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On "Purpose," Justin Bieber and his myriad producers create a coherent new vision of the artist's persona.
The EP demonstrates that, if anything, Kline isn’t content to rest on her indie pop laurels but is still striving for more varied modes of expression.
Composed of pianist Danilo Pérez, bassist John Patitucci, and drummer Brian Blade, the Children of the Light jazz trio previously belonged to the Wayne Shorter Quartet, a Grammy award-winning jazz ensemble, before it disbanded in 2014.
Songwriter and folksinger Hera Lynn performs in a coffeehouse hosted on the top floor of William James Hall. The Thursday night event, open to the Harvard community, featured food and refreshments alongside the music.
When was the last time you danced? Like, really danced—none of that timid head-bobbing or casual side-stepping that people do these days. That shit reeks of non-commitment. I know it can be hard to put yourself out there when everyone’s playing it cool, trying to look composed in front of the cute girl with the done-up hair. But there’s something electric about a humming dance floor packed just tightly enough with bodies, human limbs let fully loose, motions dictated purely by the pulsating vibrations of the music.
When visitors entered the Institute of Contemporary Art’s galleries this weekend, they encountered not a traditional piano concert but instead the startling sight of a Steinway, its strings laced with rubber and metal, upon which pianist Elaine Rombola played selections from John Cage’s “Sonatas and Interludes.”
Whether Sia’s other reclamations of her songs work as well as “Bird Set Free” remains to be seen. In any case, the amalgamation of Sia and Adele begs future collaboration from the influential pair.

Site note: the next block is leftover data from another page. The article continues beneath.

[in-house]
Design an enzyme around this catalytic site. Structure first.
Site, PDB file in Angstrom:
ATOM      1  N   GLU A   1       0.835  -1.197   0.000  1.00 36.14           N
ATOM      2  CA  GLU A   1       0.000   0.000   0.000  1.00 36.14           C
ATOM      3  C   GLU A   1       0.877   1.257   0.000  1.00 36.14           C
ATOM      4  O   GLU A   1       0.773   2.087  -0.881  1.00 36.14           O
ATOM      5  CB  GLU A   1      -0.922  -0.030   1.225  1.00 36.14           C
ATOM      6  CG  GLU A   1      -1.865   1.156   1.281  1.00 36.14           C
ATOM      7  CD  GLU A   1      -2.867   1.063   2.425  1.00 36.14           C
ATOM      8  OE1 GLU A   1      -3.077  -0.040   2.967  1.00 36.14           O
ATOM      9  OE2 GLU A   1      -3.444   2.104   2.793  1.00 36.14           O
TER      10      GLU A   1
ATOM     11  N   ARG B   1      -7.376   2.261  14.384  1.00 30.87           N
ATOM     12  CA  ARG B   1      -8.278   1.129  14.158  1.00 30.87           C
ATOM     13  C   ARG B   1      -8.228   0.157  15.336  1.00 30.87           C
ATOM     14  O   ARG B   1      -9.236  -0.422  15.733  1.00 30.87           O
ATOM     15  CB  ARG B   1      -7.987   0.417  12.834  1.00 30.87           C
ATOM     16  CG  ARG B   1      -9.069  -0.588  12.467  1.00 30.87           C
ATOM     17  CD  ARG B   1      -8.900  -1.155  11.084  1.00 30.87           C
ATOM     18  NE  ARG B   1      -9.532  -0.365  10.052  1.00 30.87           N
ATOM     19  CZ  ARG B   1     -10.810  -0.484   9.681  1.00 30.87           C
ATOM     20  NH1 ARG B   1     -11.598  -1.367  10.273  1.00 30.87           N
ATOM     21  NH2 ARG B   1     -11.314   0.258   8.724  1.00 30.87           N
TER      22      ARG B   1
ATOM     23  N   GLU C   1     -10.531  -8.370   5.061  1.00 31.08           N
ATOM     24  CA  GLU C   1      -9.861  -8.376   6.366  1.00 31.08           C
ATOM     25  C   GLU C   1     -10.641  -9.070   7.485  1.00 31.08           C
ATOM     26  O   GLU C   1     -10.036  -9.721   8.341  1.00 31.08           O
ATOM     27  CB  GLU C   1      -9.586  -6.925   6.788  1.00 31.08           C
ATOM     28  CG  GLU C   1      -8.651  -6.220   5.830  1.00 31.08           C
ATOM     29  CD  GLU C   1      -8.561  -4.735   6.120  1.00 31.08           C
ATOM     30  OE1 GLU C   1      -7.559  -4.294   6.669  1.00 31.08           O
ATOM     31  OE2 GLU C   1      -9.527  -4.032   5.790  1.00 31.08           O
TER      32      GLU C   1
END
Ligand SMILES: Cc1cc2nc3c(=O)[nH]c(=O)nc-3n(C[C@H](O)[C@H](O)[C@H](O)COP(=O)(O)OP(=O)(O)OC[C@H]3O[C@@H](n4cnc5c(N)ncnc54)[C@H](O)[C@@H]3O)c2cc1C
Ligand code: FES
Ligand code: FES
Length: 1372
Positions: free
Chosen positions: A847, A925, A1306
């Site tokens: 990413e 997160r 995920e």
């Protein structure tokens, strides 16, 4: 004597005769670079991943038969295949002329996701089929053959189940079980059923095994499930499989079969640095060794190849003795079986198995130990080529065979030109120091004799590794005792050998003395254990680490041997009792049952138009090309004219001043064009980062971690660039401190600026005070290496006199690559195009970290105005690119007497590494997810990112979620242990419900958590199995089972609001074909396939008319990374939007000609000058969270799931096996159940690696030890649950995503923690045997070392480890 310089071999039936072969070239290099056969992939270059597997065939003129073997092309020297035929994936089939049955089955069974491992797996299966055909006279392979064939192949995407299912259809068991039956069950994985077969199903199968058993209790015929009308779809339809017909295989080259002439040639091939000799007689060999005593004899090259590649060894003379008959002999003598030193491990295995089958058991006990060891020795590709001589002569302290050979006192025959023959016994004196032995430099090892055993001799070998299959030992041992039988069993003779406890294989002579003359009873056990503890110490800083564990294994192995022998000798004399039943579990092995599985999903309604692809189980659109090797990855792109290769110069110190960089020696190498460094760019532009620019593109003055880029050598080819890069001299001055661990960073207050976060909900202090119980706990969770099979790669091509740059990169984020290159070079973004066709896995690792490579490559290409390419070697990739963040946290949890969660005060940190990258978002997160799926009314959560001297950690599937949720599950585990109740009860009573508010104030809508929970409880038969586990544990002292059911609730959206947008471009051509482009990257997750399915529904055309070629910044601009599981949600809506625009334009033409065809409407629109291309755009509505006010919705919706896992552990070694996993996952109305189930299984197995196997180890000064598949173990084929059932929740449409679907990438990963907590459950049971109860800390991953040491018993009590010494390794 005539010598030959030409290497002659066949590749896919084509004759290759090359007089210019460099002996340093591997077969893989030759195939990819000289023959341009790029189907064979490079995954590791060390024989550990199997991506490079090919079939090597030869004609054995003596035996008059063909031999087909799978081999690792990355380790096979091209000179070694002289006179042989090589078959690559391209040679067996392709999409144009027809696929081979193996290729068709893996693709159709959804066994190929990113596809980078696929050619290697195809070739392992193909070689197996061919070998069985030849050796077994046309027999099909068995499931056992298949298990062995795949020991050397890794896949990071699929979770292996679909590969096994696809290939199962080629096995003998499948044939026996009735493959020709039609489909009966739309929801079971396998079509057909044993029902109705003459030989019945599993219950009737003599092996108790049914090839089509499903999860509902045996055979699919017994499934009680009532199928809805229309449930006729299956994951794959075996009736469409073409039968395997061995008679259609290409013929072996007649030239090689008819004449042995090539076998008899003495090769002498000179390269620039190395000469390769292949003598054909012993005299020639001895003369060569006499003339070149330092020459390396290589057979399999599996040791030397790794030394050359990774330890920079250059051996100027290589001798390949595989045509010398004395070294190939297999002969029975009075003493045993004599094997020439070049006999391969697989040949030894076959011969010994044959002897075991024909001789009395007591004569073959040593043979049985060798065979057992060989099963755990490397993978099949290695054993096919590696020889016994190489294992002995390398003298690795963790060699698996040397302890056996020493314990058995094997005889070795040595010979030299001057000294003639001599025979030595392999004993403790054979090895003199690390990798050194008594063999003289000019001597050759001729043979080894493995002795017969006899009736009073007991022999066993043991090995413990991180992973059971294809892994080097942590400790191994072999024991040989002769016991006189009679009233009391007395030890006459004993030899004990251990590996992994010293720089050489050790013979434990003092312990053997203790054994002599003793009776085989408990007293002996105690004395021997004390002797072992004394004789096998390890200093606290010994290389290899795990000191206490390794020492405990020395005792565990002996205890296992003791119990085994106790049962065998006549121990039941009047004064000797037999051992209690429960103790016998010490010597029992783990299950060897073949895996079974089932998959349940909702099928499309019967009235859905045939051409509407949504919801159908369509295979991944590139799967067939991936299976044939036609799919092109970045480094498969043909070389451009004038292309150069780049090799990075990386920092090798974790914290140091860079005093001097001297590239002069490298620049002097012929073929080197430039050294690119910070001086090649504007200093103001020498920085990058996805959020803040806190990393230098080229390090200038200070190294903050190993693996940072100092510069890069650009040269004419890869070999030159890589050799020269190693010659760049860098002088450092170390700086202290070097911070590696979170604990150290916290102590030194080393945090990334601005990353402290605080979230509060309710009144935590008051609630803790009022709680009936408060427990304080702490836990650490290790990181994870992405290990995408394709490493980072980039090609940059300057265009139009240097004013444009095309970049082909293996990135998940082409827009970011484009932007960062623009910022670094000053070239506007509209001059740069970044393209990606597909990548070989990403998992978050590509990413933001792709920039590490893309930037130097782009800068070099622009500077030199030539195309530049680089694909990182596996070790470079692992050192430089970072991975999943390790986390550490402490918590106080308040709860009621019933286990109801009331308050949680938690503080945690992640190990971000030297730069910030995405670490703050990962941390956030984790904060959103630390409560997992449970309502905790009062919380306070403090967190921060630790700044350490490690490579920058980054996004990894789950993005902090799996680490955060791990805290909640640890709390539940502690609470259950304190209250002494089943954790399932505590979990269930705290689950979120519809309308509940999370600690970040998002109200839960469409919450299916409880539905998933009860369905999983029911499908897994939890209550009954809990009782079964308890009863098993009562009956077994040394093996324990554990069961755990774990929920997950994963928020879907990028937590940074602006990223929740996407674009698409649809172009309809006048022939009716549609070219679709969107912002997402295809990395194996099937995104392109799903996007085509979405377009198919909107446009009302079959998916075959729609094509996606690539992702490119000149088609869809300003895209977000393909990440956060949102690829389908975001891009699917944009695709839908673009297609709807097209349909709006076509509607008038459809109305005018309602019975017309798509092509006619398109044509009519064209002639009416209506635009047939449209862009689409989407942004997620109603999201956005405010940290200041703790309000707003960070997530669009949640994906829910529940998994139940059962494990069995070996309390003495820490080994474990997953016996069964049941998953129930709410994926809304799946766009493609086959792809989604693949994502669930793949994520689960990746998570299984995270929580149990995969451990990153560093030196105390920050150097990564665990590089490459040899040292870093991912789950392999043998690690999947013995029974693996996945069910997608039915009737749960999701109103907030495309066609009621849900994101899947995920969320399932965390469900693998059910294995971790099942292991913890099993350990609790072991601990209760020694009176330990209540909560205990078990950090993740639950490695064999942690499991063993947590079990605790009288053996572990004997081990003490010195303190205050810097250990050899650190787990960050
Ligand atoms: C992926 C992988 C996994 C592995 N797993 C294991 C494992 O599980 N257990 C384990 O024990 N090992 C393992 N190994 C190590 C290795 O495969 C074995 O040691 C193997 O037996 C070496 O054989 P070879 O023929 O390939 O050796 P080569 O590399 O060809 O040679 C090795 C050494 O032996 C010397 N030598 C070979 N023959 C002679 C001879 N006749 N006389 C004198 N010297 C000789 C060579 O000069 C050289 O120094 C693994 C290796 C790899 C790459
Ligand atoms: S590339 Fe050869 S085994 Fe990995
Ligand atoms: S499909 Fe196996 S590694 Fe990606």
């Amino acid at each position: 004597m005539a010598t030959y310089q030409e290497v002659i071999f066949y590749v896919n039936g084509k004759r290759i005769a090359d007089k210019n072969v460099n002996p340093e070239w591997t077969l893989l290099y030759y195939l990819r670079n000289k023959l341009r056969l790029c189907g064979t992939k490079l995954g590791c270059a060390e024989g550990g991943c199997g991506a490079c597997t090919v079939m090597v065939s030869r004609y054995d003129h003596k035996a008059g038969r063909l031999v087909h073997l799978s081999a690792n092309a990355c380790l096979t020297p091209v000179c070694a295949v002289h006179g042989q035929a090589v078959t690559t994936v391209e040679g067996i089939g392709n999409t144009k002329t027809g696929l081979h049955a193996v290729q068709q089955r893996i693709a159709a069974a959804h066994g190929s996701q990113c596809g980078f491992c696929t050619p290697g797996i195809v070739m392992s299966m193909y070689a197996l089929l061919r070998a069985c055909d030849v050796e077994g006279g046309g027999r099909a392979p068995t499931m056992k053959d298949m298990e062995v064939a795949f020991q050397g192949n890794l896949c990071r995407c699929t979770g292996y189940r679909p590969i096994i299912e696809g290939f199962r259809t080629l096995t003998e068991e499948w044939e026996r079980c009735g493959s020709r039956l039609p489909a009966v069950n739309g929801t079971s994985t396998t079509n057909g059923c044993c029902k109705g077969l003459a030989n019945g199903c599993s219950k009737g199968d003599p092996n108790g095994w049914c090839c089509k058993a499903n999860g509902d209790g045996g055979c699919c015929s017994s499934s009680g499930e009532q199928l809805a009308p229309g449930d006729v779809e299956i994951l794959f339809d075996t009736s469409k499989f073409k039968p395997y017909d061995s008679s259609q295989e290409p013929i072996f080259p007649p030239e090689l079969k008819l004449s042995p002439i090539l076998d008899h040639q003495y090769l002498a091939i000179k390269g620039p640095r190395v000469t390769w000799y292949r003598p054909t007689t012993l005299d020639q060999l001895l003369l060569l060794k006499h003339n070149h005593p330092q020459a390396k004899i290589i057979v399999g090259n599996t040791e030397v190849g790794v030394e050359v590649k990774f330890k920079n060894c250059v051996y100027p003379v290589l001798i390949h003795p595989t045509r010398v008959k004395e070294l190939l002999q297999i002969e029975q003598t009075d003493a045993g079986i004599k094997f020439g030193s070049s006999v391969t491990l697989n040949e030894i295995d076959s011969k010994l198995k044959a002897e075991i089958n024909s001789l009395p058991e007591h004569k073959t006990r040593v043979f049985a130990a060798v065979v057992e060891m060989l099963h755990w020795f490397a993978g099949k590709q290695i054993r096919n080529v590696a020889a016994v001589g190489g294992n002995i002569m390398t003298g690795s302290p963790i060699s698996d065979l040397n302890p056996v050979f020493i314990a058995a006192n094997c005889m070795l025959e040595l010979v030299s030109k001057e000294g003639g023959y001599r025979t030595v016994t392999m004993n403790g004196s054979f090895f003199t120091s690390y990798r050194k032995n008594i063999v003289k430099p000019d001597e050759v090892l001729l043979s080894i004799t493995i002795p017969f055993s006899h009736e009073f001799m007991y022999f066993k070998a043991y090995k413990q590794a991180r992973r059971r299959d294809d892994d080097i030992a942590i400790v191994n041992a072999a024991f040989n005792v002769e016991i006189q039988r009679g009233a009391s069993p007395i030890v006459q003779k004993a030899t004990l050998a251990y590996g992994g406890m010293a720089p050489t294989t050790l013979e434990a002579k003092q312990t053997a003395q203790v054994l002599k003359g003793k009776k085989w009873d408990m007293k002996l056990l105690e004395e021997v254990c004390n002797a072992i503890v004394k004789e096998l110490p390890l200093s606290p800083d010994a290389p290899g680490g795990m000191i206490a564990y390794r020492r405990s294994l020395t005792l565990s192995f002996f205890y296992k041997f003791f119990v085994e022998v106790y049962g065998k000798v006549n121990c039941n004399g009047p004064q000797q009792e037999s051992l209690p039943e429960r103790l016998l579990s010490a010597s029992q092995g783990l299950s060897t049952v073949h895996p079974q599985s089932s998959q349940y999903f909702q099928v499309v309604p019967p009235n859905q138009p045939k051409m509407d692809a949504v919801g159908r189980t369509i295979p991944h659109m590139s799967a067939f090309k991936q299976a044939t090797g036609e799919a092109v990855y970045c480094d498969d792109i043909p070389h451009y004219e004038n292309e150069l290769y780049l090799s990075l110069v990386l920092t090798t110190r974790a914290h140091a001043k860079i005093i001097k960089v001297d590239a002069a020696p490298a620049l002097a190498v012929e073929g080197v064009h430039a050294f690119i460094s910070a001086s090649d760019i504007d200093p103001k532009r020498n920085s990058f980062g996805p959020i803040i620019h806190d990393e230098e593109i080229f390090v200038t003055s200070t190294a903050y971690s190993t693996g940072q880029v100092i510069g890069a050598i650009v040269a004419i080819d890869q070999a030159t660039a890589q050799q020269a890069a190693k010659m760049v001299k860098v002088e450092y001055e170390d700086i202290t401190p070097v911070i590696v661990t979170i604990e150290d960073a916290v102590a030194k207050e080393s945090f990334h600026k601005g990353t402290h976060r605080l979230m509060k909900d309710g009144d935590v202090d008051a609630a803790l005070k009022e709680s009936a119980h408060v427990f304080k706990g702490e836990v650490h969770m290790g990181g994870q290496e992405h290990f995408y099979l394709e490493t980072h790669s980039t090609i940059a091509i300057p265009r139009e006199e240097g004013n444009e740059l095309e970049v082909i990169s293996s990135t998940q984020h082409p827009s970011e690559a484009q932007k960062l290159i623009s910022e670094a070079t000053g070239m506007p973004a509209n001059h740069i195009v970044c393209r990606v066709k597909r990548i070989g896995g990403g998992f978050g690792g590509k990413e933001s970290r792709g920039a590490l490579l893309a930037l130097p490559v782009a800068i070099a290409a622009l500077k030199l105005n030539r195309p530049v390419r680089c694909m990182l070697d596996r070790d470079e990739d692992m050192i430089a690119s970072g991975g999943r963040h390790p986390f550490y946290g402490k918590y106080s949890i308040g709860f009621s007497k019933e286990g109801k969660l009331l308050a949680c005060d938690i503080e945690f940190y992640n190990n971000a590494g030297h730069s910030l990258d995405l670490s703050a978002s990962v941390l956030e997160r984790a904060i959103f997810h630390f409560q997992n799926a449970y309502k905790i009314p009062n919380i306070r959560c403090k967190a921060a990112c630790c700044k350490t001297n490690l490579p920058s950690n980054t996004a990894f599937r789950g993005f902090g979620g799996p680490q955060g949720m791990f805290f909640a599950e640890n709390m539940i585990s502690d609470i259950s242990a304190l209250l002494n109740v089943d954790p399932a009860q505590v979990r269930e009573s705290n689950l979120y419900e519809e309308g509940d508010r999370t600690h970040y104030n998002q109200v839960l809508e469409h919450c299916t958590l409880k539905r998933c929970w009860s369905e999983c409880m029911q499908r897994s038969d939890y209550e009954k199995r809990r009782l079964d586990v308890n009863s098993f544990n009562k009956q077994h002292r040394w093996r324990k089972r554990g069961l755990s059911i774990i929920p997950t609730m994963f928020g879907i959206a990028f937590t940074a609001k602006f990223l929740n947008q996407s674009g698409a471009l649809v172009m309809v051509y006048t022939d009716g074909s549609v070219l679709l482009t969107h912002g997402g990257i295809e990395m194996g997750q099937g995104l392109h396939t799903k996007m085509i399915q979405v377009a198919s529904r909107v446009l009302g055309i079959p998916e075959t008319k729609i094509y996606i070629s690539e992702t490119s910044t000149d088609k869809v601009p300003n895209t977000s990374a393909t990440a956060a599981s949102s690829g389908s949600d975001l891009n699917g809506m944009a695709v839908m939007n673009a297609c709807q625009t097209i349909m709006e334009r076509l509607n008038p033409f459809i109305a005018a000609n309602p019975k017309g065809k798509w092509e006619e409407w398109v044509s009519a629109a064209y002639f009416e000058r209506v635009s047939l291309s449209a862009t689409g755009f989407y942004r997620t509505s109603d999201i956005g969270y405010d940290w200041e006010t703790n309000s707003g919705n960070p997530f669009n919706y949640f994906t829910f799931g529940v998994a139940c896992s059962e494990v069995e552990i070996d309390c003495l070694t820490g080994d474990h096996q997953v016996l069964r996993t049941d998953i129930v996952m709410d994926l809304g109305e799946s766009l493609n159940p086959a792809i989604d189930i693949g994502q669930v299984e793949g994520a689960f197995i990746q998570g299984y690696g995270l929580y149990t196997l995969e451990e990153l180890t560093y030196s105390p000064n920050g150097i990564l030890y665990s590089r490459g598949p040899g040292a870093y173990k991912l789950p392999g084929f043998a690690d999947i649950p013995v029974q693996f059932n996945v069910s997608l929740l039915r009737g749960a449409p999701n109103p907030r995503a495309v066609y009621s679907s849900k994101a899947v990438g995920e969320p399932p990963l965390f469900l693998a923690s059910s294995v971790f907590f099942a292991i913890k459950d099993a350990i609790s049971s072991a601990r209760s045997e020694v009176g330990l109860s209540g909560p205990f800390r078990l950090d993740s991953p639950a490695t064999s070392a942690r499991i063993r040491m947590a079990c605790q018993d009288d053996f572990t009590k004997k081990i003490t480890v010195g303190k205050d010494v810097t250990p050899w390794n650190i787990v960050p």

Somehow, magically, marvelously, the album lives up to all these difficult, different expectations, and on Boucher’s fiercely independent, unorthodox terms. It is a true triumph.
Brattle Street Chamber Players performs ensemble songs including "Serenade for Strings" by Tchaikovsky in Paine Hall on Friday night.
As I walked across a quiet Harvard Yard, I looked up to see the lit Memorial Church steeple and a waning moon behind it. With Halloweekend looming in the temporal distance and having missed my annual viewing of “It’s a Great Pumpkin, Charlie Brown,” I was in desperate need of some ghoulish festivity. As I entered the dark and crowded church, the audience was already enraptured by the haunting sound of a powerful organ.
(Biological) Organs Literally evoke a visceral reaction Housed in small spaces Squishy Keep your ears functioning Have a lot of tissues
The Boston Pops Esplanade Orchestra and Berklee College of Music performed a live score along with a screening of "Nosferatu: A Symphony of Horror" on Friday evening.
The night before Halloween, the Boston Pops accompanied the classic horror film “Nosferatu” with a brand new score composed by eight students from the Berklee College of Music. The Harvard Crimson sent a roving reporter into this eccentric mix of Halloween horror to ask the composers, audience members, and even a theremin player what they thought of the screening.